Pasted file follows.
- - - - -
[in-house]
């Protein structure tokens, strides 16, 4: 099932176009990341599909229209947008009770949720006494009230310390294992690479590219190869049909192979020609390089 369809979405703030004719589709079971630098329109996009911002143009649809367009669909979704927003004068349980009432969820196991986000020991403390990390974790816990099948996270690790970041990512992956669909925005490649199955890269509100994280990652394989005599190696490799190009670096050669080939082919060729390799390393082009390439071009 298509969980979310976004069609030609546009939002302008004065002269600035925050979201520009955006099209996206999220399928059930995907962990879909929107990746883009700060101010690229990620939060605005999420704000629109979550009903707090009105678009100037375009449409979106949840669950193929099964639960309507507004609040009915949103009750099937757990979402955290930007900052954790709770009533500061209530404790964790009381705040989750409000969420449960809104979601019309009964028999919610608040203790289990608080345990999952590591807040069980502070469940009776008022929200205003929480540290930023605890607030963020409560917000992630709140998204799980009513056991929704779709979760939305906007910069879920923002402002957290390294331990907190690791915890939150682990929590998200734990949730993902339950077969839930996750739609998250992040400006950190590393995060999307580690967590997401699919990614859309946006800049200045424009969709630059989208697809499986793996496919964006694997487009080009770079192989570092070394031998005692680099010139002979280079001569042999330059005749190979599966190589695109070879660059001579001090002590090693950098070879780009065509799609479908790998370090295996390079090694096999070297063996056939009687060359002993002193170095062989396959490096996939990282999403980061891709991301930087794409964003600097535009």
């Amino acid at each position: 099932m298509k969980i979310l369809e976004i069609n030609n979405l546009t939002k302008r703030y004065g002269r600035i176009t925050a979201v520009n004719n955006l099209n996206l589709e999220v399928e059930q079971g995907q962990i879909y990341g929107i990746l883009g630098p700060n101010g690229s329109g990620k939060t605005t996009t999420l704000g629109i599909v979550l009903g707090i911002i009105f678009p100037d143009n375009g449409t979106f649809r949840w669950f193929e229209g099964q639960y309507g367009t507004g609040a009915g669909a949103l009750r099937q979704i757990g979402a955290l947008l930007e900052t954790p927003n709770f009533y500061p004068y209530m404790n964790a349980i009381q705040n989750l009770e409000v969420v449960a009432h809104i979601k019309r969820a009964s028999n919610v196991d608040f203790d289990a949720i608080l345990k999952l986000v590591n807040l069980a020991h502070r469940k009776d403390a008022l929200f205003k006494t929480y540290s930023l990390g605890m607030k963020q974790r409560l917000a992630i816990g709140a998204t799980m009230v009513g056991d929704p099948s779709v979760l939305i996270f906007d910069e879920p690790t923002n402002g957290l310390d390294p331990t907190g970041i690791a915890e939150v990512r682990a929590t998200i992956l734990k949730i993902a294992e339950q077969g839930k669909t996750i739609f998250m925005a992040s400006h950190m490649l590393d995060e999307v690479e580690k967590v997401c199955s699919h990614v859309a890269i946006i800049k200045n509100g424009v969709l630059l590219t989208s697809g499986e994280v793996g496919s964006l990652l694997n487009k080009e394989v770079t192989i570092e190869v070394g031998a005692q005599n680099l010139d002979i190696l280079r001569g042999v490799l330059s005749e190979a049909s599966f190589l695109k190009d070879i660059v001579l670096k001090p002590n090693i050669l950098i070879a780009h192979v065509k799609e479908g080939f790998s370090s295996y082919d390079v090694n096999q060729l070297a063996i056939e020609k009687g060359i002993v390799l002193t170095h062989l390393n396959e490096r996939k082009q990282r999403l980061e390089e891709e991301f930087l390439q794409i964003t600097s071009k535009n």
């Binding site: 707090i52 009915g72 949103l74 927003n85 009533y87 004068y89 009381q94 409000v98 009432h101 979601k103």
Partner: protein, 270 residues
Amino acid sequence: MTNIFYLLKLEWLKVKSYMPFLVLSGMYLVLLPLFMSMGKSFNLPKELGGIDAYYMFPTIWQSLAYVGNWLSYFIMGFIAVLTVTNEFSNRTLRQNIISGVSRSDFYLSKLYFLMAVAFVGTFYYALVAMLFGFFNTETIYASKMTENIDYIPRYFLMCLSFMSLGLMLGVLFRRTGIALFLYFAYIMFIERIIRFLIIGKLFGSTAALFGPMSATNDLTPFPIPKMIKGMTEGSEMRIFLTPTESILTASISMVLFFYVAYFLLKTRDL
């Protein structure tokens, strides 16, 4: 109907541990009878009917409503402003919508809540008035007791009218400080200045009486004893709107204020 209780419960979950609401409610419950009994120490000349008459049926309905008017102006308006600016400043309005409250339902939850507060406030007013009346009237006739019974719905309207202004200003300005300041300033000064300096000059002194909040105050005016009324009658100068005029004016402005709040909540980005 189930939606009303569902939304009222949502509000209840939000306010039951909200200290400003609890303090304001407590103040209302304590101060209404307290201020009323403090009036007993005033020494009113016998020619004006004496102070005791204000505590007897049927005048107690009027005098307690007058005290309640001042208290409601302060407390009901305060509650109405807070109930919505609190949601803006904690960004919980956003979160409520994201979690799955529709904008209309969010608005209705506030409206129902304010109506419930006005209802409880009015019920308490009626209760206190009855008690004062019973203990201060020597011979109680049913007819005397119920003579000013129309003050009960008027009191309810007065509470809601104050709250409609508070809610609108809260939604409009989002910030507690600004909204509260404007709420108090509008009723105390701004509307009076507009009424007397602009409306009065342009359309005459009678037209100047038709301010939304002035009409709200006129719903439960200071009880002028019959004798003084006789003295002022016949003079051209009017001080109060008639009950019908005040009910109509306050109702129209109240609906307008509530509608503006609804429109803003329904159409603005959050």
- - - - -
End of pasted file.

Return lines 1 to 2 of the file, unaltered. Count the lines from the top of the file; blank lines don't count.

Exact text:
[in-house]
């Protein structure tokens, strides 16, 4: 099932176009990341599909229209947008009770949720006494009230310390294992690479590219190869049909192979020609390089 369809979405703030004719589709079971630098329109996009911002143009649809367009669909979704927003004068349980009432969820196991986000020991403390990390974790816990099948996270690790970041990512992956669909925005490649199955890269509100994280990652394989005599190696490799190009670096050669080939082919060729390799390393082009390439071009 298509969980979310976004069609030609546009939002302008004065002269600035925050979201520009955006099209996206999220399928059930995907962990879909929107990746883009700060101010690229990620939060605005999420704000629109979550009903707090009105678009100037375009449409979106949840669950193929099964639960309507507004609040009915949103009750099937757990979402955290930007900052954790709770009533500061209530404790964790009381705040989750409000969420449960809104979601019309009964028999919610608040203790289990608080345990999952590591807040069980502070469940009776008022929200205003929480540290930023605890607030963020409560917000992630709140998204799980009513056991929704779709979760939305906007910069879920923002402002957290390294331990907190690791915890939150682990929590998200734990949730993902339950077969839930996750739609998250992040400006950190590393995060999307580690967590997401699919990614859309946006800049200045424009969709630059989208697809499986793996496919964006694997487009080009770079192989570092070394031998005692680099010139002979280079001569042999330059005749190979599966190589695109070879660059001579001090002590090693950098070879780009065509799609479908790998370090295996390079090694096999070297063996056939009687060359002993002193170095062989396959490096996939990282999403980061891709991301930087794409964003600097535009």